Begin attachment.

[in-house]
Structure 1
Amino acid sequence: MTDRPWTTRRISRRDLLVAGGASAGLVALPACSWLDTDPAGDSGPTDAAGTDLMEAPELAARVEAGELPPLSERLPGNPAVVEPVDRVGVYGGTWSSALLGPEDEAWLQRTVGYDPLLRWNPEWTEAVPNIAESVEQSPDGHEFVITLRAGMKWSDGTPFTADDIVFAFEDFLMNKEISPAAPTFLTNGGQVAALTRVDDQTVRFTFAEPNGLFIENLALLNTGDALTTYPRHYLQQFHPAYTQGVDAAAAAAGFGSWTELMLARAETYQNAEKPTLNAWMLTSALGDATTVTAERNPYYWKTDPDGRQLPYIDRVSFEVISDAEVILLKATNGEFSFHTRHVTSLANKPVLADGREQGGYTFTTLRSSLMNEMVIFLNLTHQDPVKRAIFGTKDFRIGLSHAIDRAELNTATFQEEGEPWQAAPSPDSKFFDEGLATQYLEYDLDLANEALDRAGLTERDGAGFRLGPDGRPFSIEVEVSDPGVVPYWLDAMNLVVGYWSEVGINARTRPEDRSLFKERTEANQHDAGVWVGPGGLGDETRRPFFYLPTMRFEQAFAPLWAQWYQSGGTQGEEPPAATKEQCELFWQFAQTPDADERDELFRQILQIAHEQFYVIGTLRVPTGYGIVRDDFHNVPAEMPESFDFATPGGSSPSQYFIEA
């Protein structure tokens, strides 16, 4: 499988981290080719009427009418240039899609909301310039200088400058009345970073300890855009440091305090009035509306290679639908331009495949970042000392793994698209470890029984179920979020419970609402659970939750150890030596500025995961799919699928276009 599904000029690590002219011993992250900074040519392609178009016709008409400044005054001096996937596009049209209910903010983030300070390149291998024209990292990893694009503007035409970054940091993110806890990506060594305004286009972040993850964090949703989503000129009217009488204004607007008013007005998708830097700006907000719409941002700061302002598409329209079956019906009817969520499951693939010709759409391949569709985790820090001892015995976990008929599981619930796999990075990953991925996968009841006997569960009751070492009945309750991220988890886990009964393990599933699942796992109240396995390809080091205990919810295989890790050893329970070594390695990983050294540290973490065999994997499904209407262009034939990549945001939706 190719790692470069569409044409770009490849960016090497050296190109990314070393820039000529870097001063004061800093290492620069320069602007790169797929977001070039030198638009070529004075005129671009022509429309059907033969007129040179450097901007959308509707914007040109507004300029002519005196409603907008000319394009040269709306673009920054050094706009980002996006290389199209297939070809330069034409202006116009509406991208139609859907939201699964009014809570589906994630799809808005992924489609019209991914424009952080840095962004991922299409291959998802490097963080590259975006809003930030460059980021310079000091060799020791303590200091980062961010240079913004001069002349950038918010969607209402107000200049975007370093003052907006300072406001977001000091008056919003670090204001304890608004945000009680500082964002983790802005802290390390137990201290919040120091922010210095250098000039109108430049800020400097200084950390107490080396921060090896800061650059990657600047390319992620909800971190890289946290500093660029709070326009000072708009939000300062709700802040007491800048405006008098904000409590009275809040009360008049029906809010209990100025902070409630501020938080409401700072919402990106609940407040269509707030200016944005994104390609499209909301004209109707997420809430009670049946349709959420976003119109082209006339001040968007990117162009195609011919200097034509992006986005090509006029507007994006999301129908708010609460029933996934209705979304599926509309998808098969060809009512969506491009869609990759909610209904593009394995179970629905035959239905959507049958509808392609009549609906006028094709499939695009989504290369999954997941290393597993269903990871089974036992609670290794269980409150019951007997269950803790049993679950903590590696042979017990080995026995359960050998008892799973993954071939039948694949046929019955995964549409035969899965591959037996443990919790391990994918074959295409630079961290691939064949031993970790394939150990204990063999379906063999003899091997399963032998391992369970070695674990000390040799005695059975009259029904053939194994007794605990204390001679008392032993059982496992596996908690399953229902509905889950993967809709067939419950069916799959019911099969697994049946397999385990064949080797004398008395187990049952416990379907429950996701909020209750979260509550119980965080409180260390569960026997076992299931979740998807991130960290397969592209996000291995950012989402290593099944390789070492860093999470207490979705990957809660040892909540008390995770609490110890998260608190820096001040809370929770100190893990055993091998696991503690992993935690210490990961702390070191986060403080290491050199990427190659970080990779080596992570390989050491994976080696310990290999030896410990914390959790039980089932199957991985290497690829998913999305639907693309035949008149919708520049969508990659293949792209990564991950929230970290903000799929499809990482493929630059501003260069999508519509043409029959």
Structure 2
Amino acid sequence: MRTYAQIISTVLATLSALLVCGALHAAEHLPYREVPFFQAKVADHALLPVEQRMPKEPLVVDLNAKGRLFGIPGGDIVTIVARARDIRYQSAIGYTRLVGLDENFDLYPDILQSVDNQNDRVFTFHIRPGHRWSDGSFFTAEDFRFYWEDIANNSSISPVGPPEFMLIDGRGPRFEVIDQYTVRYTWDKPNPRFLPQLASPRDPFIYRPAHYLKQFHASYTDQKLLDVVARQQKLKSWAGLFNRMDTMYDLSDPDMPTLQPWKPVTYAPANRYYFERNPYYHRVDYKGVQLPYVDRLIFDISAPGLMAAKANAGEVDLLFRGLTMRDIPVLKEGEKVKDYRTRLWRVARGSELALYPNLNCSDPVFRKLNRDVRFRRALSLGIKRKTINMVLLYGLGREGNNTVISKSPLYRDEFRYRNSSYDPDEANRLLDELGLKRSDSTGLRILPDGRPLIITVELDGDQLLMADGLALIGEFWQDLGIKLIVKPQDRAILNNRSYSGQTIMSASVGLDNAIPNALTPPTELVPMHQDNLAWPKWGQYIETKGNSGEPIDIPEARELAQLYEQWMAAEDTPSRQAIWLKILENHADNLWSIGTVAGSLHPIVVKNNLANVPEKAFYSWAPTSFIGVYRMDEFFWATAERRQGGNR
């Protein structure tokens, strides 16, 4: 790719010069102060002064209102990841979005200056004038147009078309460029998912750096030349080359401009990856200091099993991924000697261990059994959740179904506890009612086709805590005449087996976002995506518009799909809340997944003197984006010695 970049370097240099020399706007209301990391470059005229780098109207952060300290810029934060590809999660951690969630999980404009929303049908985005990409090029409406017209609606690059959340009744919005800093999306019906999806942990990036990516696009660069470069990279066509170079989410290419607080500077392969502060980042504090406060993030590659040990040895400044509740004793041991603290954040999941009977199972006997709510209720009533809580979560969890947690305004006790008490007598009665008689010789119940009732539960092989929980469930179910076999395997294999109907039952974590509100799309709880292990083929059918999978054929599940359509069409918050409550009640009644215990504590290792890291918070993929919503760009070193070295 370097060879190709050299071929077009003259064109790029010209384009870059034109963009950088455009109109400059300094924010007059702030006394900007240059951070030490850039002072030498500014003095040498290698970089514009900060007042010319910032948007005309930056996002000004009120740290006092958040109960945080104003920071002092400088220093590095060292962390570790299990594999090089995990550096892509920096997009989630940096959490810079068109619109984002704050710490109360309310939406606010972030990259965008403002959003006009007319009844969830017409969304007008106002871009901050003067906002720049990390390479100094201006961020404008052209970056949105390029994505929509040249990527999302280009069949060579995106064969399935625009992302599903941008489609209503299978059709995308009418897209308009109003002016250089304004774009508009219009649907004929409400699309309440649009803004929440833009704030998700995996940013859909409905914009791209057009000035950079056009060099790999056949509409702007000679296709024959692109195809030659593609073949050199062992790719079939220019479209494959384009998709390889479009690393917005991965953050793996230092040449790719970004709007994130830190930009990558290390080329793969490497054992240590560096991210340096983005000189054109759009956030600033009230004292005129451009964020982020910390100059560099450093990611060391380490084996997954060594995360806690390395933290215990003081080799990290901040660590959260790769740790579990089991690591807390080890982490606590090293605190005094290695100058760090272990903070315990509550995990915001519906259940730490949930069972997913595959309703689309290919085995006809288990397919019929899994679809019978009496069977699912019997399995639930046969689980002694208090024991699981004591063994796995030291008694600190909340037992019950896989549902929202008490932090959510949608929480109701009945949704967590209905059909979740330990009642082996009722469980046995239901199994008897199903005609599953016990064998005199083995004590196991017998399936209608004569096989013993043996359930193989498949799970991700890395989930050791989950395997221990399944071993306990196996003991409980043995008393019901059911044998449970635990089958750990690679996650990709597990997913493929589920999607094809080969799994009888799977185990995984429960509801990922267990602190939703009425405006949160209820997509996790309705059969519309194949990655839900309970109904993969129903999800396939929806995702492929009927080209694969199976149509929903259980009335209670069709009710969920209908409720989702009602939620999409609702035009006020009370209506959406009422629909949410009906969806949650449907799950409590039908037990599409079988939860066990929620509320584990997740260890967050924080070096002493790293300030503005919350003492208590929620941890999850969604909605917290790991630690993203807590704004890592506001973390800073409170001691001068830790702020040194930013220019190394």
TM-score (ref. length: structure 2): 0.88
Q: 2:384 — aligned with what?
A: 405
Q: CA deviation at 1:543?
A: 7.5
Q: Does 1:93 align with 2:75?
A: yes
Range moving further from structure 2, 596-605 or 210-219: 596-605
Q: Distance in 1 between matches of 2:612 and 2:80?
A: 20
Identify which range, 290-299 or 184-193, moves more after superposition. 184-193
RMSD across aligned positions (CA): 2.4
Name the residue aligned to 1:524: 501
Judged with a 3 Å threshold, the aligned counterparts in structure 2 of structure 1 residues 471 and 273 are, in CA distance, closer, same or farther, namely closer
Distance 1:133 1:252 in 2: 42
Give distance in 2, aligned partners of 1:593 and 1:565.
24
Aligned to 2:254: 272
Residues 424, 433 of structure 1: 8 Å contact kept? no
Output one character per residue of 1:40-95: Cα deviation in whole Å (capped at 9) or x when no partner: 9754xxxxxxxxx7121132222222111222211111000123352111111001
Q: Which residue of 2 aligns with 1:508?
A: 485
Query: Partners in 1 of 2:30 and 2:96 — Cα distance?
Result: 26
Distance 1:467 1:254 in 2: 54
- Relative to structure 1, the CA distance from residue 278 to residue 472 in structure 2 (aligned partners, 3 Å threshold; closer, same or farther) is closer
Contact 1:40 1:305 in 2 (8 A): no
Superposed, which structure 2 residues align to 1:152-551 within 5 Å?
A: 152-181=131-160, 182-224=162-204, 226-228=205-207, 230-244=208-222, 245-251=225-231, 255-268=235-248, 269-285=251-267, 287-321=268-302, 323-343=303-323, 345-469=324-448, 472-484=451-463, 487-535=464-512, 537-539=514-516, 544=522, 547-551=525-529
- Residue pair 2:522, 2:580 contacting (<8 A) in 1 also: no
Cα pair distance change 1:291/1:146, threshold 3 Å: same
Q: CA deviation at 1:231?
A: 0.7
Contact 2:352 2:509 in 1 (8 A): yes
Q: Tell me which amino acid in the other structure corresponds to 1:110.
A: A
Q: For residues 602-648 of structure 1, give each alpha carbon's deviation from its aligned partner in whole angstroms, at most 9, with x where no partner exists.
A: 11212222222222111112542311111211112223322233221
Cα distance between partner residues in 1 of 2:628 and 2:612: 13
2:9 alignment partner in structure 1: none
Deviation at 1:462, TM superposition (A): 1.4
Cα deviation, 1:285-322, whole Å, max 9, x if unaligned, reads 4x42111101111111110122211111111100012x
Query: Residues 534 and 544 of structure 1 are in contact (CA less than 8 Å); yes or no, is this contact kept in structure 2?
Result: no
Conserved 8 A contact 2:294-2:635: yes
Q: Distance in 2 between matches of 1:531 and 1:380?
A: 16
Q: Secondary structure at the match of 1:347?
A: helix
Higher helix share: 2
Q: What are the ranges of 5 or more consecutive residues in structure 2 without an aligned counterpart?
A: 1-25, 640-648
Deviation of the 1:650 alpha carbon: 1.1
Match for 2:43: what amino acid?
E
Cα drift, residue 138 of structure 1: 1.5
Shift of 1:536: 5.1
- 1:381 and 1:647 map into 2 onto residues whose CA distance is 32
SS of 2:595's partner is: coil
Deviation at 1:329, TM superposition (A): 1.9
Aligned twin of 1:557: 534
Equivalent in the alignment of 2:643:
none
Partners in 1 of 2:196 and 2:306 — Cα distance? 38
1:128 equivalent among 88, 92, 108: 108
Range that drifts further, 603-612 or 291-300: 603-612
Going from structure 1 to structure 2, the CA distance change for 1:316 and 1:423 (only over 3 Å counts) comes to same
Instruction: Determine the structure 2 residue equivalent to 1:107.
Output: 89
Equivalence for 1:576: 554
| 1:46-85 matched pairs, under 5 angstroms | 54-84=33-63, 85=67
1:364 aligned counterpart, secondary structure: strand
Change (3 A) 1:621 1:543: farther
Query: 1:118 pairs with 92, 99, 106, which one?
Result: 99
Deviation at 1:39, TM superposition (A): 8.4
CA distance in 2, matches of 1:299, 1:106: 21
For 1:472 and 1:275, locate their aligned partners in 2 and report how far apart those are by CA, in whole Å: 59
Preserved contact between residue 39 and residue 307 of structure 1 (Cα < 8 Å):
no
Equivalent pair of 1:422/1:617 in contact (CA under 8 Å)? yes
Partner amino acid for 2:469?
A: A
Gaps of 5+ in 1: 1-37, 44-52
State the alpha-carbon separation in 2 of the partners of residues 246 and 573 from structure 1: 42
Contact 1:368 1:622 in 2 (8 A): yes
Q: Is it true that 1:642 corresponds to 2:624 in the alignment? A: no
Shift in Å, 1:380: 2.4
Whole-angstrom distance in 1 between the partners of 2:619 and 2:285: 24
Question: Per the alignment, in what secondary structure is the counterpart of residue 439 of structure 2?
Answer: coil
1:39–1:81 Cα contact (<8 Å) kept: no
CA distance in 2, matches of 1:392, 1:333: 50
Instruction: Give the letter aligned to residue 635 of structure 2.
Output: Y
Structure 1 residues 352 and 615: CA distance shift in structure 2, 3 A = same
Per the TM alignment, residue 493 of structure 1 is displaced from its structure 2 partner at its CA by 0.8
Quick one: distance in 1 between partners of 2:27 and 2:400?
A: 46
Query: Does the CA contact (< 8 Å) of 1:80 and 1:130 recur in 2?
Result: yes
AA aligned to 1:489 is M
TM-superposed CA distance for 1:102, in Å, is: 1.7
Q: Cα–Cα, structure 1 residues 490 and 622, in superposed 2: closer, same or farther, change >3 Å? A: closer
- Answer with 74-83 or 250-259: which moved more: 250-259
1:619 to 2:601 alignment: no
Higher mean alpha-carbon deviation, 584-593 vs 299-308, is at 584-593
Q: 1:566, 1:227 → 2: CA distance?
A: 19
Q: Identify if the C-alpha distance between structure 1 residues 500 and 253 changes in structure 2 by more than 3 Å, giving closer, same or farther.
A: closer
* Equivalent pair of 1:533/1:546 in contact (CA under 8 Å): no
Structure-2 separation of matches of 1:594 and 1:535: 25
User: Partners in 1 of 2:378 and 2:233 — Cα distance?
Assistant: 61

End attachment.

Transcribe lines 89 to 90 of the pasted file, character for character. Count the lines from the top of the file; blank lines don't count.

Partner amino acid for 2:469?
A: A